NASA plans to lease one of its mothballed shuttle launch pads at the Kennedy Space Center in Florida to Space Exploration Technologies, the U.S. space agency announced on Friday.
The selection of SpaceX followed a challenge over the NASA solicitation by rival Blue Origin, a startup rocket company owned by Amazon.com founder Jeff Bezos, which submitted a proposal for a multi-user facility.
The General Accountability Office, which arbitrates federal contract disputes, ruled on Thursday that Blue Origin’s protest was not valid.
SpaceX intends to use the launch pad for its Falcon 9 and planned Falcon Heavy rockets.
It already flies from a leased launch pad just south of the Kennedy Space Center at Cape Canaveral Air Force Station. It also has a California launch site at Vandenberg Air Force Base located on the Pacific coast, and is looking for a fourth commercial site, most likely in Texas.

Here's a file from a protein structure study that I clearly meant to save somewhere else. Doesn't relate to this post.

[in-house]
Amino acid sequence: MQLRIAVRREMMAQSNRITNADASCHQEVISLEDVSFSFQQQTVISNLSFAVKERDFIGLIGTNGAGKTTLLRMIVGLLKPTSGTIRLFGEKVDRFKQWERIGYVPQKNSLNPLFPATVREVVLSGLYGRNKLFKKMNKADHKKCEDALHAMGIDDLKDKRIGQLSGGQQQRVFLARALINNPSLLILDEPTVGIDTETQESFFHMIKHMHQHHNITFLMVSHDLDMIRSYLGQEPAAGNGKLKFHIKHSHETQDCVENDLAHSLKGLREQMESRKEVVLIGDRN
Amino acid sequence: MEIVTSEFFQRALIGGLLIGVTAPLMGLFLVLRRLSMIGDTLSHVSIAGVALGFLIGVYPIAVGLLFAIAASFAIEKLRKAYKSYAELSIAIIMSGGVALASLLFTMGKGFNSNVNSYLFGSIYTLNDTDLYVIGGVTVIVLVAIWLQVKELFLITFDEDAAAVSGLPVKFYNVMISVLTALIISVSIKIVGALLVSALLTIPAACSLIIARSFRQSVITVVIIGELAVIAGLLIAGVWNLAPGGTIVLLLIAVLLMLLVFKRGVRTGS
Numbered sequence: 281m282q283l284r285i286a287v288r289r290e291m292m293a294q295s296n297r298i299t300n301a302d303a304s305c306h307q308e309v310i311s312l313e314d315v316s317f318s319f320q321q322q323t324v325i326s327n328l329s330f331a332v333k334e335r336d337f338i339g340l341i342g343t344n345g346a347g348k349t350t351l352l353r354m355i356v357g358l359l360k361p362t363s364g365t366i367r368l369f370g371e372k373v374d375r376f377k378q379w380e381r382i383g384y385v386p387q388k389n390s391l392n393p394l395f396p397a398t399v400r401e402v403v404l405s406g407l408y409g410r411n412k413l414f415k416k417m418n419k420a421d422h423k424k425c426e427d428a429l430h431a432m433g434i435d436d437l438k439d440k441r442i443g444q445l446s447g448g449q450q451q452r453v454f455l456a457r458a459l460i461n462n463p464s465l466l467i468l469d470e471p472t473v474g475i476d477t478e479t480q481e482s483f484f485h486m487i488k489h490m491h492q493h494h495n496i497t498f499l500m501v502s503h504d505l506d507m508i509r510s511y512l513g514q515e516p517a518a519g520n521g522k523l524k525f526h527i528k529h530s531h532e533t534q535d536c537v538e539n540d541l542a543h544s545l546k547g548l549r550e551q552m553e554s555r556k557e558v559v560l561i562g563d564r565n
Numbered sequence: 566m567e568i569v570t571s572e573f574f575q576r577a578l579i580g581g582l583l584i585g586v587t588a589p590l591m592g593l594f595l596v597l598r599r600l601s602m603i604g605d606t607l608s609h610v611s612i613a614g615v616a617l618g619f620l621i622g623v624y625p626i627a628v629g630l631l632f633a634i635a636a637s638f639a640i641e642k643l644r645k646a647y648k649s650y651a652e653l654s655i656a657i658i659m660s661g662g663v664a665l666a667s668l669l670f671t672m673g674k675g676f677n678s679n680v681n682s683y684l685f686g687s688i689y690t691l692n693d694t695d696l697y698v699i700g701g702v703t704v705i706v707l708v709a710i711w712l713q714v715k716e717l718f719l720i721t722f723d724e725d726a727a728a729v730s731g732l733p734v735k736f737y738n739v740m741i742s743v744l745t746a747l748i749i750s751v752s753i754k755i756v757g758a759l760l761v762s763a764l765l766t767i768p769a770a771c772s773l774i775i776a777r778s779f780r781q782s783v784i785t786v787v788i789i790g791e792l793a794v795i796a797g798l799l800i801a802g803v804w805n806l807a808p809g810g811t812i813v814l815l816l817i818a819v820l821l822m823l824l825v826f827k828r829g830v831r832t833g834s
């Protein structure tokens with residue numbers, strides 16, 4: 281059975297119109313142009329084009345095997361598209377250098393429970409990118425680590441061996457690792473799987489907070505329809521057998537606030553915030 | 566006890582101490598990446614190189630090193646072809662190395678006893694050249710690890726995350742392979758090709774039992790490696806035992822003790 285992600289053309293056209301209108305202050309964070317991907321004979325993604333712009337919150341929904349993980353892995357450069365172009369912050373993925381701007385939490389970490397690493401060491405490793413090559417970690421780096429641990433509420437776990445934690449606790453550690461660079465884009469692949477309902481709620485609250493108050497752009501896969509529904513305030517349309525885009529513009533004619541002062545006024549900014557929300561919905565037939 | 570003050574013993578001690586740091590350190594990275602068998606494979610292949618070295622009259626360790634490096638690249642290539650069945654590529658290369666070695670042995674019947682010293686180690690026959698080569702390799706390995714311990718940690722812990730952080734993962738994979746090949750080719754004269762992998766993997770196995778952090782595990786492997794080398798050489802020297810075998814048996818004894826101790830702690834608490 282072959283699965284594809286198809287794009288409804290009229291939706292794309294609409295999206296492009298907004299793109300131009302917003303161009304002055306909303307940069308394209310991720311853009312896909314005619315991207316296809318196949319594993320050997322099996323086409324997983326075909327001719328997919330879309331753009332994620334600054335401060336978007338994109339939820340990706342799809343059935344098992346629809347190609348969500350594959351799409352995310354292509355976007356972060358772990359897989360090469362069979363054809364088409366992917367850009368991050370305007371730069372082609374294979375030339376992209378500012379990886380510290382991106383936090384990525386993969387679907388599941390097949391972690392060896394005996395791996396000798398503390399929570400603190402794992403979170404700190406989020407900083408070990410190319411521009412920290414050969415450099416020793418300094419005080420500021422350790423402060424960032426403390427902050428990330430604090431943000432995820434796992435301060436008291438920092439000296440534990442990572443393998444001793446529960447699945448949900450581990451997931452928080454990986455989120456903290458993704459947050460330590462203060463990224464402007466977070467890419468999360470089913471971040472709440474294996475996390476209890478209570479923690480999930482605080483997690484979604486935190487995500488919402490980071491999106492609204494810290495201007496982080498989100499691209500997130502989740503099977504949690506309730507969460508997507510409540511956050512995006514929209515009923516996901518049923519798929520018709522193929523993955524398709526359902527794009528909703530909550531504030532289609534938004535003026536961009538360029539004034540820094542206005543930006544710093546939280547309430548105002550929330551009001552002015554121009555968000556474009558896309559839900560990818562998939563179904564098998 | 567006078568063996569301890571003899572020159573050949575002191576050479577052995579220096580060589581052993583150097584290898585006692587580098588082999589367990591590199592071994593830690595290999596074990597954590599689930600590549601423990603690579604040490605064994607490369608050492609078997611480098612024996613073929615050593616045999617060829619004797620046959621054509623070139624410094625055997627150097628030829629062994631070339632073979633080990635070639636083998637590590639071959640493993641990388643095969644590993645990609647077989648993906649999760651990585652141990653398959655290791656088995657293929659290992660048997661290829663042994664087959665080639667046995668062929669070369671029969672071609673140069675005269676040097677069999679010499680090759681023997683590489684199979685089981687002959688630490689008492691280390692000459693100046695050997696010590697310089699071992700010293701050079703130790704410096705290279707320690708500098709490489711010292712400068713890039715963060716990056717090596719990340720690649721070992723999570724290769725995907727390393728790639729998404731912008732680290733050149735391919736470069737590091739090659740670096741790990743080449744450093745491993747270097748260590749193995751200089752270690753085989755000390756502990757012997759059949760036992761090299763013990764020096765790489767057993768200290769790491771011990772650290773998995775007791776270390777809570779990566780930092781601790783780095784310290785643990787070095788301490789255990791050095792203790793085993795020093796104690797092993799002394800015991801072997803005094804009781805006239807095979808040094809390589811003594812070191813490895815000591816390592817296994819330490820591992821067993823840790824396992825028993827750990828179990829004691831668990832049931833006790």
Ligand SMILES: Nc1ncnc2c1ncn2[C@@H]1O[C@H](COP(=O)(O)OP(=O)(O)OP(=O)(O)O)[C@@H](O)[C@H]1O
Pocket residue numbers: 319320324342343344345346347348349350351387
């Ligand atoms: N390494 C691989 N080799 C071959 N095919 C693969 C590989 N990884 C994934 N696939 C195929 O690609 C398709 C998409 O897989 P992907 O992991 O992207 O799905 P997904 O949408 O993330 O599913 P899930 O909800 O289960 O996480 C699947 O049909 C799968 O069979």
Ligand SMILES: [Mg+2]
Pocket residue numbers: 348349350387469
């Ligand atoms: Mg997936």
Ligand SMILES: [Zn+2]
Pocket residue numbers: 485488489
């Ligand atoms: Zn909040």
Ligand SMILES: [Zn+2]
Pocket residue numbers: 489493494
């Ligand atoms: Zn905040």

“SpaceX is pleased to have been selected by NASA to enter into final negotiations for the use and operation of the historic Launch Complex 39A at Kennedy Space Center,” SpaceX said in a statement.
“SpaceX will gladly accommodate other commercial providers interested in using launch complex 39A for NASA human-rated orbital spaceflight,” the company added.
Terms of the lease were not disclosed.
“NASA will begin working with SpaceX to negotiate the terms of its lease. During those ongoing negotiations, NASA will not be able to discuss details of the pending lease agreement,” the agency said in a statement.
Image: An aerial view of part of the Kennedy Space Center’s giant complex featuring the Space Shuttle Endeavour and its support stack of hardware on launch pad 39A, the Vehicle Assembly Building (VAB) and surrounding area. Credit: NASA